Monona Rossol, M.S., M.F.A., Industrial Hygienist
President:  Arts, Crafts & Theater Safety, Inc.
Safety Officer: Local USA829, IATSE
181 Thompson St., #23
New York, NY 10012     212-777-0062


-----Original Message-----
From: Debbie M. Decker <dmdecker**At_Symbol_Here**UCDAVIS.EDU>
Sent: Thu, Oct 19, 2017 3:05 am
Subject: Re: [DCHAS-L] Teacher Makes Chemistry Fun With Exploding Experiments

Hi All:
These demos are what we typically do for school groups and for our annual campus open house - Picnic Day.  Keeping a good distance between the audience and the performer (yes, Monona - we call them "performers"), engineering as much risk out of the demo as possible, talking through the hazards with those performing the demo, good oversight and training, etc. and I'm comfortable with how the demos are presented.
That said - the video did make me cringe because the person performing the demos is really annoying.  And _really_ cavalier about what she's doing.  They may have just snipped out the "juicy bits" for the news piece but the message seems pretty laissez faire from the performer.
To Harry's point about tenure and promotion based (in part) on student evaluations:  maybe gee-whizzy demos engage students and translate to good evaluations.  But that's the point, isn't it?  Good teaching engages the student in learning.  I have a professor who uses a lot of demos in his teaching but he's also an excellent instructor!  He gets stellar evaluations (and has a waiting list for his lectures) because he engages students, beyond the demos he uses to illustrate the pedagogical point.  To those instructors who get crappy evaluations - up your game!  Sheesh!   Figure out how to deliver the curriculum outside of the Oxford model of instruction - from the 1800=E2=80™s!  Unfortunately, R-1 institutions (mine, included) don't always value good teaching or support instructors to employ well-researched, modern teaching techniques to engage students.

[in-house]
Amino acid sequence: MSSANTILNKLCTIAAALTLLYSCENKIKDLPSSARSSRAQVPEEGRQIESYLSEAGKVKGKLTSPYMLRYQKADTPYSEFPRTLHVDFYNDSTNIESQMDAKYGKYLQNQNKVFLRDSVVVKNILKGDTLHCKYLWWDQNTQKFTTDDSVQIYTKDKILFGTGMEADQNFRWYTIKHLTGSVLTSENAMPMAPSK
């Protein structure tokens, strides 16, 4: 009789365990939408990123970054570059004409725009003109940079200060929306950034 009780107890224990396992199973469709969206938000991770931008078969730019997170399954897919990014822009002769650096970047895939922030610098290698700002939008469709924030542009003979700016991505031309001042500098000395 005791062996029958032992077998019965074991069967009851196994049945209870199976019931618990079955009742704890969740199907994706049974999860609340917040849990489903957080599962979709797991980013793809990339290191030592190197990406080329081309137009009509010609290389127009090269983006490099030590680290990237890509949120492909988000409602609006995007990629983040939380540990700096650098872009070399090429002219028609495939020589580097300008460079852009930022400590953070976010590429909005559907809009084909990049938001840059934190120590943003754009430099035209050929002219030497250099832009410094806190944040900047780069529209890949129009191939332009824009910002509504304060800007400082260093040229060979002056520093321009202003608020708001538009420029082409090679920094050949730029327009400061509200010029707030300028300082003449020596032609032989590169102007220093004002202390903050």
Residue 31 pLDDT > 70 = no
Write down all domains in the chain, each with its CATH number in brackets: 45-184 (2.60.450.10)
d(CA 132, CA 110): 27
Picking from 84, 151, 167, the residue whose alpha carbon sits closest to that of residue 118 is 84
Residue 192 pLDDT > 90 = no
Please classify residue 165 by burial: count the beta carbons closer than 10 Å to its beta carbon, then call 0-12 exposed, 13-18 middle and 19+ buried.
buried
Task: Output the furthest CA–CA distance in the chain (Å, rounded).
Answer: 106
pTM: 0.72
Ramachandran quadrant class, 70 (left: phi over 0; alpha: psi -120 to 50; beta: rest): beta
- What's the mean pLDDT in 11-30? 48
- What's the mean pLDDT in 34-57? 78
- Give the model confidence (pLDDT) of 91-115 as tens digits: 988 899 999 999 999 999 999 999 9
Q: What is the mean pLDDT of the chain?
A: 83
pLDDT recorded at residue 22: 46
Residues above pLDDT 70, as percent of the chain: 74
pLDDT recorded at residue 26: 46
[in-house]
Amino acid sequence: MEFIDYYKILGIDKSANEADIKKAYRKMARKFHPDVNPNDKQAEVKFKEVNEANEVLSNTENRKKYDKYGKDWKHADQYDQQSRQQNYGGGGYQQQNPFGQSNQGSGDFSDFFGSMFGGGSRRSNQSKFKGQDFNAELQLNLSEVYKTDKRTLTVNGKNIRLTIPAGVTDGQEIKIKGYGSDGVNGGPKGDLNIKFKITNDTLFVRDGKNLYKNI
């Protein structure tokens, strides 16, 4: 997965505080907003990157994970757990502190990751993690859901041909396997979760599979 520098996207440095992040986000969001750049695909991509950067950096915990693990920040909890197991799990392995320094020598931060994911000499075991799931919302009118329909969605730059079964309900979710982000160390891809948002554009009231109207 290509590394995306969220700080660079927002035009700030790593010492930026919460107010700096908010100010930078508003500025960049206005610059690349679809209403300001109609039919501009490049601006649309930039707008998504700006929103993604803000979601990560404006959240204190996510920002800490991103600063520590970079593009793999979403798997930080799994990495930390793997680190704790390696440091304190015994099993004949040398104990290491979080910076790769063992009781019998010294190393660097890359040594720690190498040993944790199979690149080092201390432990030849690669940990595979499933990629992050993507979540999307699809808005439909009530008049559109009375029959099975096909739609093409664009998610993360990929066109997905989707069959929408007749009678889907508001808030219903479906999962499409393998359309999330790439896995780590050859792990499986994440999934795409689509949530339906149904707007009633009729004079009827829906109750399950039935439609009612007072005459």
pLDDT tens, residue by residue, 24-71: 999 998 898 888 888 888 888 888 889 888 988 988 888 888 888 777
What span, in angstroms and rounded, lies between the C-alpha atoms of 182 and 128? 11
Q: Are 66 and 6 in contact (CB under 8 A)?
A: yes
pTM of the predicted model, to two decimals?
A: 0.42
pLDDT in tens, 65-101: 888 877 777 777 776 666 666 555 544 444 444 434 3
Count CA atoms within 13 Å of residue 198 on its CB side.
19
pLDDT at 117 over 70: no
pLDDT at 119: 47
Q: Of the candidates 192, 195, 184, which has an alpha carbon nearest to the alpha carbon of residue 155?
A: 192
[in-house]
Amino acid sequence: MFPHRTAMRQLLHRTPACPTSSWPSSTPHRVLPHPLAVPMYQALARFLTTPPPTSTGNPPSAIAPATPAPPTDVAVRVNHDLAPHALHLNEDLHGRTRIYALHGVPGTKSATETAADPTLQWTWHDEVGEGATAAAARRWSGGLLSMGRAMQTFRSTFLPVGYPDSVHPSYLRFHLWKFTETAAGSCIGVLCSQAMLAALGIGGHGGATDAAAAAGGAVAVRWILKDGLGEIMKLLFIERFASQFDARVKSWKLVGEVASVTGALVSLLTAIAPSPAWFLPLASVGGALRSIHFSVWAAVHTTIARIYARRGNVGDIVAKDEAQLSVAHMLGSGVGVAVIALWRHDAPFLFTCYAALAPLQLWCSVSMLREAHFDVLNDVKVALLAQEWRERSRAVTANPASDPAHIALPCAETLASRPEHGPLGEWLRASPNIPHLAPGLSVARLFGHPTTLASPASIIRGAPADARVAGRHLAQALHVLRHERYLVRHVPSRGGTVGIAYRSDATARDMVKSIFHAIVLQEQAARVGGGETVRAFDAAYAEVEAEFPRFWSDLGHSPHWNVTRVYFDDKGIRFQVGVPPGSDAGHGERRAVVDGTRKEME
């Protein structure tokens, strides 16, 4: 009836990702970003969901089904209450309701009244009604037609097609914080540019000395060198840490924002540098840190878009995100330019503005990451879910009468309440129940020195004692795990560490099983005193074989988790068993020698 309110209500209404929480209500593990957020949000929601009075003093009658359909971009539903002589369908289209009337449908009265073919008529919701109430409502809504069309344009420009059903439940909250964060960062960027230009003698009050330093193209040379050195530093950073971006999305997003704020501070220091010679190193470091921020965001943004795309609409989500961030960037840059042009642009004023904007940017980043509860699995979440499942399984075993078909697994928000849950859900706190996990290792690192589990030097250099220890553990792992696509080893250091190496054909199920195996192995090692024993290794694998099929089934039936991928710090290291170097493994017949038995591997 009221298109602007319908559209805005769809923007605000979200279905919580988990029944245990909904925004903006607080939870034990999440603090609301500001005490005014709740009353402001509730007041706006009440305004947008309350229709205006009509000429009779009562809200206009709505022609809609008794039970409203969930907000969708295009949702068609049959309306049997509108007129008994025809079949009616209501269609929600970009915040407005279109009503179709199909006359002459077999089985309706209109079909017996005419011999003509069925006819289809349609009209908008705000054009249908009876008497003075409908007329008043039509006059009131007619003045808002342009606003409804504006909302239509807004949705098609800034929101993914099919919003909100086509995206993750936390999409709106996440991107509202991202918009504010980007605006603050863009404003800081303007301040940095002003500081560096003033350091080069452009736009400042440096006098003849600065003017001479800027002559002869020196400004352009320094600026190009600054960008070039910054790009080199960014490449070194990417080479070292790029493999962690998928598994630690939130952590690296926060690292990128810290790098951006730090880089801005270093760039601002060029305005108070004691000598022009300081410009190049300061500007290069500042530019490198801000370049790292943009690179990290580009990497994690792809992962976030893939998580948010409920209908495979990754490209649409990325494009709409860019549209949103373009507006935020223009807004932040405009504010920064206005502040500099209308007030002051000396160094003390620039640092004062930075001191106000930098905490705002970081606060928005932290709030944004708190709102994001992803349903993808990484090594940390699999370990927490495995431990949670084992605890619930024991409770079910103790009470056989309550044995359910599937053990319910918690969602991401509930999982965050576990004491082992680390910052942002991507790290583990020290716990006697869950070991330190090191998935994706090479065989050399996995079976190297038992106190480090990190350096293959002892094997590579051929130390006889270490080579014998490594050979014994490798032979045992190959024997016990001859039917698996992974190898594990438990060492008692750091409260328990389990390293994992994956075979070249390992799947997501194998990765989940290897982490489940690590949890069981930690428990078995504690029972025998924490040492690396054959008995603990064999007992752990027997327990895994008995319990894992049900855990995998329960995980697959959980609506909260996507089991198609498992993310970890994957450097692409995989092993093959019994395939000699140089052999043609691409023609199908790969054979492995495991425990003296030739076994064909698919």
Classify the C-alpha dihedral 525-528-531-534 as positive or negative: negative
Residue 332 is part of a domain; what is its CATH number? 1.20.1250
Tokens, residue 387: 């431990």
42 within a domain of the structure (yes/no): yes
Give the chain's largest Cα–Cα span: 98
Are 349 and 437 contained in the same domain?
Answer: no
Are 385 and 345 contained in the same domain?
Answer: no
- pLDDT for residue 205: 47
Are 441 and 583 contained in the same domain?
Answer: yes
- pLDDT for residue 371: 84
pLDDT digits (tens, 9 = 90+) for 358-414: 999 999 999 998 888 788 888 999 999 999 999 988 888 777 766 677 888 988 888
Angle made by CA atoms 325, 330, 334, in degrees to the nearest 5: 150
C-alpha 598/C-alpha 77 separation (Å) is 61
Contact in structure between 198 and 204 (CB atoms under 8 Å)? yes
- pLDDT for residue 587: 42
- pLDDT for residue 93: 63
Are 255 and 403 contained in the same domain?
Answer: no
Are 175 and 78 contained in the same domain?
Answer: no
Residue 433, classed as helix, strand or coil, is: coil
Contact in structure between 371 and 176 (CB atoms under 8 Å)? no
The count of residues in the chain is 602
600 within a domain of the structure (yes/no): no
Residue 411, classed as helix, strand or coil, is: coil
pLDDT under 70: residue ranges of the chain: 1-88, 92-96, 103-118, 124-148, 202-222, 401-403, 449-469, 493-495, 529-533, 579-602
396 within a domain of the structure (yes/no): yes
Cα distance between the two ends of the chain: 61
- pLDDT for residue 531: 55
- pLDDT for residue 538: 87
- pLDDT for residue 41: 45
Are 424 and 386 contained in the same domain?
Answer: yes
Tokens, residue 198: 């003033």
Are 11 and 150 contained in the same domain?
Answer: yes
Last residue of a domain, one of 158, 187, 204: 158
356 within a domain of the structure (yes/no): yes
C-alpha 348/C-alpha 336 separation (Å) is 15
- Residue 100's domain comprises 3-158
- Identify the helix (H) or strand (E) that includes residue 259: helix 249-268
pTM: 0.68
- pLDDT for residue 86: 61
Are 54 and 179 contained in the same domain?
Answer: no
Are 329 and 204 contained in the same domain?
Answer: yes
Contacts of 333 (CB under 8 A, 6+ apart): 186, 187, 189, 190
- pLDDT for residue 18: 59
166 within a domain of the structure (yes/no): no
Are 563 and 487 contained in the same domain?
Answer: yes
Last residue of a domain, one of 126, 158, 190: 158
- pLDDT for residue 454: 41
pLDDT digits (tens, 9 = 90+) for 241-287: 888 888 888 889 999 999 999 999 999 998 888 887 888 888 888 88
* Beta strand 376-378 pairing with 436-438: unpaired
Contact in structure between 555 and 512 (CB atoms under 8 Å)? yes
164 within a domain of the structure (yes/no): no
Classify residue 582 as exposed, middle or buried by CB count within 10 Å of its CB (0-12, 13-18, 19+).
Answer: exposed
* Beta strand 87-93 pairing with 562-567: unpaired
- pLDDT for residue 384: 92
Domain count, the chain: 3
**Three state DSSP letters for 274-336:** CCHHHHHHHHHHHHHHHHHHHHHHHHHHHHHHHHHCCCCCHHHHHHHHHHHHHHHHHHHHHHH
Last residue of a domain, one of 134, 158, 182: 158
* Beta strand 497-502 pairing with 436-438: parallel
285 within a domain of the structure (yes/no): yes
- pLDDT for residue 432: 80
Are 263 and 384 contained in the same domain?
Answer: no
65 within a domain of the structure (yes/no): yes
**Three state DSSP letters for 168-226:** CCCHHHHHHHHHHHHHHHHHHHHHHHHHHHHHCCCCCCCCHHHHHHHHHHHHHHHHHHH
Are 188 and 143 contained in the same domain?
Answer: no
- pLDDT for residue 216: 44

<soapbox off>
Debbie M. Decker, CCHO, ACS Fellow
Past Chair, Division of Chemical Health and Safety
University of California, Davis
Birkett's hypothesis: "Any chemical reaction
that proceeds smoothly under normal conditions,
can proceed violently in the presence of an idiot."
From: ACS Division of Chemical Health and Safety [mailto:DCHAS-L**At_Symbol_Here**PRINCETON.EDU] On Behalf Of Jarral Ryter